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  1.  14
    Undone Science: Charting Social Movement and Civil Society Challenges to Research Agenda Setting.David J. Hess, Gwen Ottinger, Joanna Kempner, Jeff Howard, Sahra Gibbon & Scott Frickel - 2010 - Science, Technology, and Human Values 35 (4):444-473.
    ‘‘Undone science’’ refers to areas of research that are left unfunded, incomplete, or generally ignored but that social movements or civil society organizations often identify as worthy of more research. This study mobilizes four recent studies to further elaborate the concept of undone science as it relates to the political construction of research agendas. Using these cases, we develop the argument that undone science is part of a broader politics of knowledge, wherein multiple and competing groups struggle over the construction (...)
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  2.  21
    Buckets of Resistance: Standards and the Effectiveness of Citizen Science.Gwen Ottinger - 2010 - Science, Technology, and Human Values 35 (2):244-270.
    In light of arguments that citizen science has the potential to make environmental knowledge and policy more robust and democratic, this article inquires into the factors that shape the ability of citizen science to actually influence scientists and decision makers. Using the case of community-based air toxics monitoring with ‘‘buckets,’’ it argues that citizen science’s effectiveness is significantly influenced by standards and standardized practices. It demonstrates that, on one hand, standards serve a boundary-bridging function that affords bucket monitoring data a (...)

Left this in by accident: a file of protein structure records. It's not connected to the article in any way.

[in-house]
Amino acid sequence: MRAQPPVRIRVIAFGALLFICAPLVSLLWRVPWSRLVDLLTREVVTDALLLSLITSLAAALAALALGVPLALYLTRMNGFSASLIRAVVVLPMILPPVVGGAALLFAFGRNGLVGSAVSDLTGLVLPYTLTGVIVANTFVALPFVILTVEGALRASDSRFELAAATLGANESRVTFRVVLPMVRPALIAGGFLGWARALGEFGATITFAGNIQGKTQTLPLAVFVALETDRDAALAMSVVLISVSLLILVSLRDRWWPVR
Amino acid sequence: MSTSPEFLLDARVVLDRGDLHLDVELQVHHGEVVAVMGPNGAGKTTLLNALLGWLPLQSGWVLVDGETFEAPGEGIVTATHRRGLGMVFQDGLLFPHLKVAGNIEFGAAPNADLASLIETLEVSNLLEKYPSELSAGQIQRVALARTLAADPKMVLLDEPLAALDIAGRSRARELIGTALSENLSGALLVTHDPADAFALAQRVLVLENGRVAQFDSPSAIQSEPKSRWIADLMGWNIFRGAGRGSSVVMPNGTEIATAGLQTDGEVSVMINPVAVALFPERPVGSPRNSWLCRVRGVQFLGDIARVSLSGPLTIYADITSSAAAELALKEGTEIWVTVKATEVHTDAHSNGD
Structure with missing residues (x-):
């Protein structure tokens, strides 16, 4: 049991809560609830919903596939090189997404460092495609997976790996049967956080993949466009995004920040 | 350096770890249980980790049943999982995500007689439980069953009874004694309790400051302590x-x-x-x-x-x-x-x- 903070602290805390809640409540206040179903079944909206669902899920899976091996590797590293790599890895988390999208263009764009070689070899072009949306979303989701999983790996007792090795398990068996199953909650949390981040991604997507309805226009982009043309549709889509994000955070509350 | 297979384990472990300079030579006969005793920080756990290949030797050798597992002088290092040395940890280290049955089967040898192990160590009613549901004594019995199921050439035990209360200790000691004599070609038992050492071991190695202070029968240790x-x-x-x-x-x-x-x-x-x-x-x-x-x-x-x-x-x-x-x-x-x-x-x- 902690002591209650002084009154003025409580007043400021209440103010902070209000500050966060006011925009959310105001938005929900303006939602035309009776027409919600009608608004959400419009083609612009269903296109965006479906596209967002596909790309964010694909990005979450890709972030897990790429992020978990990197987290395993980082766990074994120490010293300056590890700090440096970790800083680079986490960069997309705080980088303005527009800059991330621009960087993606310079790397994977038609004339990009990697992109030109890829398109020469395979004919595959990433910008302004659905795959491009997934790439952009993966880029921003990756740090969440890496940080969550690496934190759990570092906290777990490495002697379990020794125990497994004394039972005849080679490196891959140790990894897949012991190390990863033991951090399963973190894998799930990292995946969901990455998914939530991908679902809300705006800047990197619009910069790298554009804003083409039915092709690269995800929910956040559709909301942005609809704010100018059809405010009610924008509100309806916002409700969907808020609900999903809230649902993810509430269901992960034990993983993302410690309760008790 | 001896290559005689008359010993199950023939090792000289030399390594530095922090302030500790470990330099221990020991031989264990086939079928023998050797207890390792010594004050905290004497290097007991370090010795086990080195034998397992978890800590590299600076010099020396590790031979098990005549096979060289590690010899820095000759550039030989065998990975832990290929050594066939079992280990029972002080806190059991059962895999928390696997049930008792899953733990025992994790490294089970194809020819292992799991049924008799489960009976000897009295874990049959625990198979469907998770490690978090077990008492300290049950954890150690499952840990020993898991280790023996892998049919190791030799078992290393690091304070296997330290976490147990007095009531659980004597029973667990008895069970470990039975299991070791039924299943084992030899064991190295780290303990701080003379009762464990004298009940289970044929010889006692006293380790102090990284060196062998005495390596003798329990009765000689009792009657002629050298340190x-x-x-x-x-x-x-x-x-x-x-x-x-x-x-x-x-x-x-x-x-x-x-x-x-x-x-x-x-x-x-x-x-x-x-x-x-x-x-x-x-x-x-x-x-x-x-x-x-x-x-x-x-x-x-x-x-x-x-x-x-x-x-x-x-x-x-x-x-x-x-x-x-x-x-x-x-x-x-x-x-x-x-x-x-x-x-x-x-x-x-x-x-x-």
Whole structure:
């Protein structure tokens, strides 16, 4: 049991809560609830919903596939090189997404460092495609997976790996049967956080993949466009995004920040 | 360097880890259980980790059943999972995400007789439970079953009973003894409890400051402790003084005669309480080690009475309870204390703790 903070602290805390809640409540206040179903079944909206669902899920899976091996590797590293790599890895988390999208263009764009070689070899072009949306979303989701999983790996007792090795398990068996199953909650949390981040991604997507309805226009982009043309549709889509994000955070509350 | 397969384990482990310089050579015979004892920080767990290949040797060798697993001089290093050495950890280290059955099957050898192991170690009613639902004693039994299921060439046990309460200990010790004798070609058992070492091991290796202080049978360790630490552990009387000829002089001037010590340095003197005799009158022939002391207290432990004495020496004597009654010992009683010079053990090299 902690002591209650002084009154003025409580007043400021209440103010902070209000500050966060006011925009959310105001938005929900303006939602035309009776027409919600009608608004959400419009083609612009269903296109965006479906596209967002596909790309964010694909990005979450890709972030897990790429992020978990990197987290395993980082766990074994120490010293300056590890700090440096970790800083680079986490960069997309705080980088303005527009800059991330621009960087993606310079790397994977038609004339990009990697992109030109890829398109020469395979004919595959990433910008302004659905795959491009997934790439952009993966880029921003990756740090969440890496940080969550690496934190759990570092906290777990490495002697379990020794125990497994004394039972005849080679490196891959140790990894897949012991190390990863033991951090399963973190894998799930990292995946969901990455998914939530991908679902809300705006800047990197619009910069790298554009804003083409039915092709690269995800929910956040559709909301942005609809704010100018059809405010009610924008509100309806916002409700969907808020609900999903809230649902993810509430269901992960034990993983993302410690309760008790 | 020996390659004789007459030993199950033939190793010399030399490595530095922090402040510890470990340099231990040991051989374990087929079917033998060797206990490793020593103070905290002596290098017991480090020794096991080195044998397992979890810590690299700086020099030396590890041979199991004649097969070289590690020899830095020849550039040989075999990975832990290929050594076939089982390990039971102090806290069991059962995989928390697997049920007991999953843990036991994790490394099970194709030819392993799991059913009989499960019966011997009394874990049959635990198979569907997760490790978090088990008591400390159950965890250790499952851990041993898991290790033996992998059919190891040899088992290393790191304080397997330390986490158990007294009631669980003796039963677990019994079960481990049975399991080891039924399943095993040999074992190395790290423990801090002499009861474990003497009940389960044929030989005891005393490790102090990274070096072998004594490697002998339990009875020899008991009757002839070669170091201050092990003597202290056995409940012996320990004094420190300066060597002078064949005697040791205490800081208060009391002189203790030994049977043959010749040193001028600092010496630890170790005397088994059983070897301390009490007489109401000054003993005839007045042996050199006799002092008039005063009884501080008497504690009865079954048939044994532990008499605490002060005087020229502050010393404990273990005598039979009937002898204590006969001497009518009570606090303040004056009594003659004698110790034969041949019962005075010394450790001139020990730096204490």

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  3.  14
    All I Ask of You.Gwen Ottinger - 2024 - Ethics, Policy and Environment 27 (1):112-115.
    Mobilizing Hope asks that we take the eradication of poverty as morally mandatory, that we pursue technological development, and that we act on the belief that it is possible to do both of those things at once. It resolutely does not ask that we redefine prosperity in other-than-economic terms, reconsider the binary between “human” and “nature,” question financialization, colonialism, or other root causes of global poverty, accept qualitatively different lifestyles, or endure painful transitions. While this may seem strategic, I argue (...)
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  4.  27
    Epistemic Fencelines: Air Monitoring Instruments and Expert-Resident Boundaries.Gwen Ottinger - 2009 - Spontaneous Generations 3 (1):55-67.
    Scientific instruments can help to shape and re-shape epistemic boundaries, especially those between communities of scienti?c researchers. But how do they function at boundaries between scienti?c communities and communities of non-experts? This paper examines the use of air monitoring instruments at the boundary between petrochemical facilities and nearby residential communities, asking whether a new generation of fenceline monitors shared by industry (and regulatory agency) experts and community members alter the epistemic boundary between the two groups. Arguing that epistemic communities organized (...)
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  5. Epistemic Fencelines.Gwen Ottinger - 2009 - Spontaneous Generations 3 (1):55-67.
     
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  6.  12
    Changing Knowledge, Local Knowledge, and Knowledge Gaps: STS Insights into Procedural Justice.Gwen Ottinger - 2013 - Science, Technology, and Human Values 38 (2):250-270.
    Procedural justice, or the ability of people affected by decisions to participate in making them, is widely recognized as an important aspect of environmental justice. Procedural justice, moreover, requires that affected people have a substantial understanding of the hazards that a particular decision would impose. While EJ scholars and activists point out a number of obstacles to ensuring substantial understanding—including industry’s nondisclosure of relevant information and technocratic problem framings—this article shows how key insights from Science and Technology Studies about the (...)
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